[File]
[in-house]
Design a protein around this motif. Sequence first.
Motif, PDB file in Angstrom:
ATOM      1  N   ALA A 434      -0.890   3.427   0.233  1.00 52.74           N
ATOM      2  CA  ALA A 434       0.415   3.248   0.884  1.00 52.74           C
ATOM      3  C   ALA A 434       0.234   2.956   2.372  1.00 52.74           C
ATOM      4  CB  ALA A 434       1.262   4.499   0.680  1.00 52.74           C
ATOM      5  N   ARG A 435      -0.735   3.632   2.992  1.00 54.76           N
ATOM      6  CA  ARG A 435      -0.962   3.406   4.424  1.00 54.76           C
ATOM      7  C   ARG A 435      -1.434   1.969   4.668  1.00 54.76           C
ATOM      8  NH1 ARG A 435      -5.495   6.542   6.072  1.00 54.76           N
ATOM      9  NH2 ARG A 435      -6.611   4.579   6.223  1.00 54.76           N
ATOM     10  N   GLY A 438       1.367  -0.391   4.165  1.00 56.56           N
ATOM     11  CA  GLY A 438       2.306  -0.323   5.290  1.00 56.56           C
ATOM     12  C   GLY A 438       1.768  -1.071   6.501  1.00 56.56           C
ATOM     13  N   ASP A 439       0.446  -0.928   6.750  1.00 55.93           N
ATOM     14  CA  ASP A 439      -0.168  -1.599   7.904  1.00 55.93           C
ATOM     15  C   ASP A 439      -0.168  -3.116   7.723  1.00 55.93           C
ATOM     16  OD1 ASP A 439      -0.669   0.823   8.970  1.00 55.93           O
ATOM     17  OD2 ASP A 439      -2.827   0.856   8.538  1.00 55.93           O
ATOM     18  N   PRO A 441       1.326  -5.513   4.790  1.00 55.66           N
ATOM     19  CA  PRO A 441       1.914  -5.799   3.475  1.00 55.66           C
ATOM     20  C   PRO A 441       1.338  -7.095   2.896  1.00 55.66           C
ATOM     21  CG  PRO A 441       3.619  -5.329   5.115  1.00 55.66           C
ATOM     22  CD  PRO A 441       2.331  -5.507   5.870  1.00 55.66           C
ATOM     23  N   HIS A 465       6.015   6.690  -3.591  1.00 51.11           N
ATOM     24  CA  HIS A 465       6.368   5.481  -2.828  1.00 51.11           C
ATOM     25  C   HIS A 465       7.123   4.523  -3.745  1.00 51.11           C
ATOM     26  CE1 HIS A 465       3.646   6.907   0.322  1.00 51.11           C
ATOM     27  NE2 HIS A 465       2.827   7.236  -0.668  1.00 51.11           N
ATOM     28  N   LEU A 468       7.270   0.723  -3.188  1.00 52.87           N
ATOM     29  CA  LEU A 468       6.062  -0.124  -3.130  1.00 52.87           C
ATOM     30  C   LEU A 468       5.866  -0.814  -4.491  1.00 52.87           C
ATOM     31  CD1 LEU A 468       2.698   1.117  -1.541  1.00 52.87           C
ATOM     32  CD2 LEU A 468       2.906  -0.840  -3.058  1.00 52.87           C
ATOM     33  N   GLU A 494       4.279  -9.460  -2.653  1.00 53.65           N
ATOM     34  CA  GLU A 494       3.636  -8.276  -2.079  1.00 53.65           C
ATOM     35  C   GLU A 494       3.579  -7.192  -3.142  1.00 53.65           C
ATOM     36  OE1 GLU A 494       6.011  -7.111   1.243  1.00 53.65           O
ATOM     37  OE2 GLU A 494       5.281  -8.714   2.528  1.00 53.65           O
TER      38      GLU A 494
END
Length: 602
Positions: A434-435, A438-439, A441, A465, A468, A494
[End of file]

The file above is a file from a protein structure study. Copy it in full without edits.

[in-house]
Design a protein around this motif. Sequence first.
Motif, PDB file in Angstrom:
ATOM      1  N   ALA A 434      -0.890   3.427   0.233  1.00 52.74           N
ATOM      2  CA  ALA A 434       0.415   3.248   0.884  1.00 52.74           C
ATOM      3  C   ALA A 434       0.234   2.956   2.372  1.00 52.74           C
ATOM      4  CB  ALA A 434       1.262   4.499   0.680  1.00 52.74           C
ATOM      5  N   ARG A 435      -0.735   3.632   2.992  1.00 54.76           N
ATOM      6  CA  ARG A 435      -0.962   3.406   4.424  1.00 54.76           C
ATOM      7  C   ARG A 435      -1.434   1.969   4.668  1.00 54.76           C
ATOM      8  NH1 ARG A 435      -5.495   6.542   6.072  1.00 54.76           N
ATOM      9  NH2 ARG A 435      -6.611   4.579   6.223  1.00 54.76           N
ATOM     10  N   GLY A 438       1.367  -0.391   4.165  1.00 56.56           N
ATOM     11  CA  GLY A 438       2.306  -0.323   5.290  1.00 56.56           C
ATOM     12  C   GLY A 438       1.768  -1.071   6.501  1.00 56.56           C
ATOM     13  N   ASP A 439       0.446  -0.928   6.750  1.00 55.93           N
ATOM     14  CA  ASP A 439      -0.168  -1.599   7.904  1.00 55.93           C
ATOM     15  C   ASP A 439      -0.168  -3.116   7.723  1.00 55.93           C
ATOM     16  OD1 ASP A 439      -0.669   0.823   8.970  1.00 55.93           O
ATOM     17  OD2 ASP A 439      -2.827   0.856   8.538  1.00 55.93           O
ATOM     18  N   PRO A 441       1.326  -5.513   4.790  1.00 55.66           N
ATOM     19  CA  PRO A 441       1.914  -5.799   3.475  1.00 55.66           C
ATOM     20  C   PRO A 441       1.338  -7.095   2.896  1.00 55.66           C
ATOM     21  CG  PRO A 441       3.619  -5.329   5.115  1.00 55.66           C
ATOM     22  CD  PRO A 441       2.331  -5.507   5.870  1.00 55.66           C
ATOM     23  N   HIS A 465       6.015   6.690  -3.591  1.00 51.11           N
ATOM     24  CA  HIS A 465       6.368   5.481  -2.828  1.00 51.11           C
ATOM     25  C   HIS A 465       7.123   4.523  -3.745  1.00 51.11           C
ATOM     26  CE1 HIS A 465       3.646   6.907   0.322  1.00 51.11           C
ATOM     27  NE2 HIS A 465       2.827   7.236  -0.668  1.00 51.11           N
ATOM     28  N   LEU A 468       7.270   0.723  -3.188  1.00 52.87           N
ATOM     29  CA  LEU A 468       6.062  -0.124  -3.130  1.00 52.87           C
ATOM     30  C   LEU A 468       5.866  -0.814  -4.491  1.00 52.87           C
ATOM     31  CD1 LEU A 468       2.698   1.117  -1.541  1.00 52.87           C
ATOM     32  CD2 LEU A 468       2.906  -0.840  -3.058  1.00 52.87           C
ATOM     33  N   GLU A 494       4.279  -9.460  -2.653  1.00 53.65           N
ATOM     34  CA  GLU A 494       3.636  -8.276  -2.079  1.00 53.65           C
ATOM     35  C   GLU A 494       3.579  -7.192  -3.142  1.00 53.65           C
ATOM     36  OE1 GLU A 494       6.011  -7.111   1.243  1.00 53.65           O
ATOM     37  OE2 GLU A 494       5.281  -8.714   2.528  1.00 53.65           O
TER      38      GLU A 494
END
Length: 602
Positions: A434-435, A438-439, A441, A465, A468, A494